During July a plan of combined operations was elaborated, which was carried into effect early in August. Sir Ian Hamilton was confident of success, but was again baffled by the obstinacy of the Turkish resistance. Moreover, the failure of night advances in a difficult and unexplored country, which formed part of the plan, led to heavy casualties and temporarily disorganised the forces employed.
          Sir Ian Hamilton was relieved of his command on October 15th.
          We recognise Sir Ian Hamilton's personal gallantry and energy, his sanguine disposition, and his determination to win at all costs. We recognise also that the task entrusted to him was one of extreme difficulty, the more so as the authorities at home at first misconceived the nature and duration of the operations, and afterwards were slow to realise that to drive the Turks out of their entrenchments and occupy the heights commanding the Straits was a formidable and hazardous enterprise which demanded a concentration of force and effort. It must further be borne in mind that Lord Kitchener, whom Sir Ian Hamilton appears to have regarded as a Commander-in-Chief rather than as a Secretary of State, pressed upon him the paramount importance, if it were by any means possible, of carrying out the task assigned to him.
          Though from time to time Sir Ian Hamilton represented the need of drafts, reinforcements, guns and munitions, which the Government found it impossible to supply, he was nevertheless always ready to renew the struggle with the resources at his disposal, and to the last was confident of success. For this it would be hard to blame him; but viewing the Expedition in the light of events it would, in our opinion, have been well had he examined the situation as disclosed by the first landings in a more critical spirit, impartially weighed the probabilities of success and failure, having regard to the resources in men and material which could be placed at his disposal, and submitted to the Secretary of State for War a comprehensive statement of the arguments for and against a continuance of the operations.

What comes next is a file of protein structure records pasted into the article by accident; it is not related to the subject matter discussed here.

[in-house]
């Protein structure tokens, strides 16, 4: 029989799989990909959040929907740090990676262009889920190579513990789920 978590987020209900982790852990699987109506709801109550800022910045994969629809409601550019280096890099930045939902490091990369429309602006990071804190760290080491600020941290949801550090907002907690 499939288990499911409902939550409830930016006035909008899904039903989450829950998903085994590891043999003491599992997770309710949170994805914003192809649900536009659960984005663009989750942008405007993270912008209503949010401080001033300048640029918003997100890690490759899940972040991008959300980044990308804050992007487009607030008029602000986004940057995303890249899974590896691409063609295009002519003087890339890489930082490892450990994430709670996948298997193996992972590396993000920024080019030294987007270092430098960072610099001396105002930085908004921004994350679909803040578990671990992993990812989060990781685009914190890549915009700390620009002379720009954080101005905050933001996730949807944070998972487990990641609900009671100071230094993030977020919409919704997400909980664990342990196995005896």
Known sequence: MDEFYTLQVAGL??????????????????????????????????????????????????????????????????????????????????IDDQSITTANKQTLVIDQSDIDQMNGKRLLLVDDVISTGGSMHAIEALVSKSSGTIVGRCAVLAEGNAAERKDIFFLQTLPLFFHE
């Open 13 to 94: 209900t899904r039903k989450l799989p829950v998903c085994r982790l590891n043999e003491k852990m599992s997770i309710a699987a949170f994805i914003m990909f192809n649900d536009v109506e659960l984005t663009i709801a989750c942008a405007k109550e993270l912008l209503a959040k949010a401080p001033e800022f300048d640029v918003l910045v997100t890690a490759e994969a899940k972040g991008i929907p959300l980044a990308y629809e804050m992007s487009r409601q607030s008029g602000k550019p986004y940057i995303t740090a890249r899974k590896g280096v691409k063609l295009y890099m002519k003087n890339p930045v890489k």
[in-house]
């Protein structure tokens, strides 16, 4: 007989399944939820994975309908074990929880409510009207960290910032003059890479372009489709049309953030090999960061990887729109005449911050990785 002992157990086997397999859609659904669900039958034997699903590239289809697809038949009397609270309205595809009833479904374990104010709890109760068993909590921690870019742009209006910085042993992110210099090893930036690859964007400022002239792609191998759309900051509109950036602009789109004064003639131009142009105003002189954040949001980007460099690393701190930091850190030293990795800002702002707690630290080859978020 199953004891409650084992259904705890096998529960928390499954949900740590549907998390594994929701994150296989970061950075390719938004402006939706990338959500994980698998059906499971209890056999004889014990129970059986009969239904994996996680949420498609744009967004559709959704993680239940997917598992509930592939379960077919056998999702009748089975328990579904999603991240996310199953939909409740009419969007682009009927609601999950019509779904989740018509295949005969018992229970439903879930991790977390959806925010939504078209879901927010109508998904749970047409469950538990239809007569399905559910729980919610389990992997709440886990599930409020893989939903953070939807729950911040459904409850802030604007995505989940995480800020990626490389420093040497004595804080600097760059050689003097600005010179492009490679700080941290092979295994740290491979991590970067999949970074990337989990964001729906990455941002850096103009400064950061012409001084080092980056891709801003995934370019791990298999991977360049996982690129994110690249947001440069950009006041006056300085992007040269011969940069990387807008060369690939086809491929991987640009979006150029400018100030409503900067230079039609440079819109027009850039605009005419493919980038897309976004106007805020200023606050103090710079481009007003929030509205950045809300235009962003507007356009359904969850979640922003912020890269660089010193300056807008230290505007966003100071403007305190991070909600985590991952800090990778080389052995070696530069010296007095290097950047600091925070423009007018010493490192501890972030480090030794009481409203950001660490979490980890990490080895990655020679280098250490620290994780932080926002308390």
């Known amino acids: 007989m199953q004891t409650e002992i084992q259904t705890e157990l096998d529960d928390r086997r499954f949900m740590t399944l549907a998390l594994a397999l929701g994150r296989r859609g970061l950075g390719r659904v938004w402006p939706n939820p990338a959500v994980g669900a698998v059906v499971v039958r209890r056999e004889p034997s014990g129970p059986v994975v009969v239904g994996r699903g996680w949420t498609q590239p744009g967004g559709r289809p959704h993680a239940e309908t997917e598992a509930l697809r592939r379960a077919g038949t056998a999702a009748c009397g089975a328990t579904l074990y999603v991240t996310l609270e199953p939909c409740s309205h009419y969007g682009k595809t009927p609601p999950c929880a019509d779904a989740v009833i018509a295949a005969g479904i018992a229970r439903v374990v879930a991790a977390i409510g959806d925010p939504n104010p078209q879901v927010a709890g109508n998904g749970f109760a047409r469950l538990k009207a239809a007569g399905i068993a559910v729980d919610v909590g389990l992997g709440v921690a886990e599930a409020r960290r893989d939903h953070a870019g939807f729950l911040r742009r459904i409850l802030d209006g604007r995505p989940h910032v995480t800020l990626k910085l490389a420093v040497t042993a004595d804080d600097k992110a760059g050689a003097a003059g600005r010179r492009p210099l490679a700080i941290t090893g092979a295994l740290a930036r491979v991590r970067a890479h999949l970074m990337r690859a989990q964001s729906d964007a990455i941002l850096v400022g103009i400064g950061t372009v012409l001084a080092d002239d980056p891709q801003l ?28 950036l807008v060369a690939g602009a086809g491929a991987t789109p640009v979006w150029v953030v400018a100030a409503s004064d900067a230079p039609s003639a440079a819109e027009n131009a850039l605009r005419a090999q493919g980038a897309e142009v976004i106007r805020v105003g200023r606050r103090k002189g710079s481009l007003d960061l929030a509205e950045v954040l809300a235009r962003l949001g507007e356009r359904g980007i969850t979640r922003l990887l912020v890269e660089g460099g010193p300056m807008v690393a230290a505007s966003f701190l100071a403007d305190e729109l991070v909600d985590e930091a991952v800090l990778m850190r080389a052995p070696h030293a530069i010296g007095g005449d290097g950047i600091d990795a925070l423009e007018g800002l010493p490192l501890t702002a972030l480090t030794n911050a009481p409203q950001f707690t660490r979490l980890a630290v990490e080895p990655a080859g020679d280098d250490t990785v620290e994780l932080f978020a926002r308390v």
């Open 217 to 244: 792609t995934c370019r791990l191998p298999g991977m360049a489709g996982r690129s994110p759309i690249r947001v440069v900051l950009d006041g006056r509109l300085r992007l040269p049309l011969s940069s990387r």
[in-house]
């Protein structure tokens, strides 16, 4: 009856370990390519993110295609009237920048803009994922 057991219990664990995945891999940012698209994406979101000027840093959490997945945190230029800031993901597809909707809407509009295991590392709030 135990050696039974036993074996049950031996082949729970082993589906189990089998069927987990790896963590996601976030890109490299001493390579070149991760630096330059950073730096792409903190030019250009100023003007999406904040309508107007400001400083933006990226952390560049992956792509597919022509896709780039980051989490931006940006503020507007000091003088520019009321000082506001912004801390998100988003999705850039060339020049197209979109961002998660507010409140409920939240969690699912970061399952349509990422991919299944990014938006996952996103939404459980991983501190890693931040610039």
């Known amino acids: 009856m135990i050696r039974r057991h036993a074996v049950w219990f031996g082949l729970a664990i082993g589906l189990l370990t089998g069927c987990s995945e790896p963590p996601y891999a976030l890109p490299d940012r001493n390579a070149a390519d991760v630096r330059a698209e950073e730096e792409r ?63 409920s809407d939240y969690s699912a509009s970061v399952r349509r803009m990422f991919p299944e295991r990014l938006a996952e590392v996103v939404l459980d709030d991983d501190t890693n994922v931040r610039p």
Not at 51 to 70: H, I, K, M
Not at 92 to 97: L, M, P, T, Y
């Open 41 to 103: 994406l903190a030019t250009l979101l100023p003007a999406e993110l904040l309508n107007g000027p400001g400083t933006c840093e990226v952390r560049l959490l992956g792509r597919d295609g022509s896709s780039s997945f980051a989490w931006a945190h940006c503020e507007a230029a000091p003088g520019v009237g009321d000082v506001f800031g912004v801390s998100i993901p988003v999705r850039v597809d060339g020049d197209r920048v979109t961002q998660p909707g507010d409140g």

10.The failure at Anzac was due mainly to the difficulties of the country and the strength of the enemy. The failure at Suvla also prevented any pressure being put upon the Turkish force in that direction, and success at Suvla might have lessened the resistance at Anzac.



11.We think that after the attacks ending on August 9th had failed, the operations contemplated could not have been successfully carried out without large reinforcements. The fighting after General de Lisle replaced Sir Frederick Stopford was really of a defensive character.



12.We think that after the advice of Sir Charles Monro had been confirmed by Lord Kitchener the decision to evacuate should have been taken at once. We recognise, however, that the question of evacuation was connected with other questions of high policy which do not appear to us to come within the scope of our enquiry.



13. We think that the decision to evacuate when taken was right.



14. We think that the operations were hampered throughout by the failure to supply sufficient artillery and munitions, and to keep the original formations up to strength by the provision of adequate drafts as well as reinforcements. In our opinion this was not owing to any neglect on the part of the Heads of Departments charged with such provision, but to the demands proving much larger than was expected when the operations were undertaken and to demands which had to be met in other theatres of war.
          On the other hand, a considerable amount of artillery was available in Egypt and at Mudros for the Suvla operations, but it was not utilised.



15. Many minor frontal attacks were made without adequate artillery preparation, which produced little or no material advantage. Evidence was given that these attacks entailed an unnecessary loss of life. Without a more intimate knowledge of the locality and conditions than it is possible to obtain, we cannot express an opinion as to whether it was right to undertake such attacks. We think that the evidence disproves the allegation made before us that useless attacks were made because of the neglect on the part of superior Commanders and Staff Officers to visit and inspect the trenches and positions.


           16. There was full co-operation between the Navy and Army and the two services worked well and harmoniously together.